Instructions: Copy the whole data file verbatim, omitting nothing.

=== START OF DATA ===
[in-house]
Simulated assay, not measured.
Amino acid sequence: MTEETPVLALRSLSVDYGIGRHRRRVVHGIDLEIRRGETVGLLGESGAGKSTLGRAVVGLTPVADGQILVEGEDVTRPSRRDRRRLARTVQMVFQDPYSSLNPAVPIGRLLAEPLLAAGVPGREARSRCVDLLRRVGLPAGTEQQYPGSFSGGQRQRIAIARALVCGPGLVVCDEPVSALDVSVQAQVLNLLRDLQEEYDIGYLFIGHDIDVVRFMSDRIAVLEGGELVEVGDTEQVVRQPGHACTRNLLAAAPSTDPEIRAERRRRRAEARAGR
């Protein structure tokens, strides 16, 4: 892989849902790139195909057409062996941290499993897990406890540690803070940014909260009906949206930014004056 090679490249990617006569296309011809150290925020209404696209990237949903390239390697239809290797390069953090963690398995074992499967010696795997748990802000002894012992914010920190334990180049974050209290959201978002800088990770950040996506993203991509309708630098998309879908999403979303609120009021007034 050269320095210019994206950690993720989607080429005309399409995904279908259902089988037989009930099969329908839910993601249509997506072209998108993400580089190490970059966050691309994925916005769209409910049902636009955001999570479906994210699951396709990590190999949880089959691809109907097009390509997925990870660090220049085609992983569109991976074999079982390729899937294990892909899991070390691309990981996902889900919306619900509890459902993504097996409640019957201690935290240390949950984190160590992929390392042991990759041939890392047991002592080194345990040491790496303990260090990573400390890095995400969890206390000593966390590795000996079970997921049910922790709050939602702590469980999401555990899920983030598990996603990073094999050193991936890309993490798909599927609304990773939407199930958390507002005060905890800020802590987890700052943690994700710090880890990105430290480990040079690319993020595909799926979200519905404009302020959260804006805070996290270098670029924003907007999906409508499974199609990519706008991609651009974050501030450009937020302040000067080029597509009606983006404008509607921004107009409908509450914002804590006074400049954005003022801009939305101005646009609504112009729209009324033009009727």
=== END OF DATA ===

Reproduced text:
[in-house]
Simulated assay, not measured.
Amino acid sequence: MTEETPVLALRSLSVDYGIGRHRRRVVHGIDLEIRRGETVGLLGESGAGKSTLGRAVVGLTPVADGQILVEGEDVTRPSRRDRRRLARTVQMVFQDPYSSLNPAVPIGRLLAEPLLAAGVPGREARSRCVDLLRRVGLPAGTEQQYPGSFSGGQRQRIAIARALVCGPGLVVCDEPVSALDVSVQAQVLNLLRDLQEEYDIGYLFIGHDIDVVRFMSDRIAVLEGGELVEVGDTEQVVRQPGHACTRNLLAAAPSTDPEIRAERRRRRAEARAGR
């Protein structure tokens, strides 16, 4: 892989849902790139195909057409062996941290499993897990406890540690803070940014909260009906949206930014004056 090679490249990617006569296309011809150290925020209404696209990237949903390239390697239809290797390069953090963690398995074992499967010696795997748990802000002894012992914010920190334990180049974050209290959201978002800088990770950040996506993203991509309708630098998309879908999403979303609120009021007034 050269320095210019994206950690993720989607080429005309399409995904279908259902089988037989009930099969329908839910993601249509997506072209998108993400580089190490970059966050691309994925916005769209409910049902636009955001999570479906994210699951396709990590190999949880089959691809109907097009390509997925990870660090220049085609992983569109991976074999079982390729899937294990892909899991070390691309990981996902889900919306619900509890459902993504097996409640019957201690935290240390949950984190160590992929390392042991990759041939890392047991002592080194345990040491790496303990260090990573400390890095995400969890206390000593966390590795000996079970997921049910922790709050939602702590469980999401555990899920983030598990996603990073094999050193991936890309993490798909599927609304990773939407199930958390507002005060905890800020802590987890700052943690994700710090880890990105430290480990040079690319993020595909799926979200519905404009302020959260804006805070996290270098670029924003907007999906409508499974199609990519706008991609651009974050501030450009937020302040000067080029597509009606983006404008509607921004107009409908509450914002804590006074400049954005003022801009939305101005646009609504112009729209009324033009009727």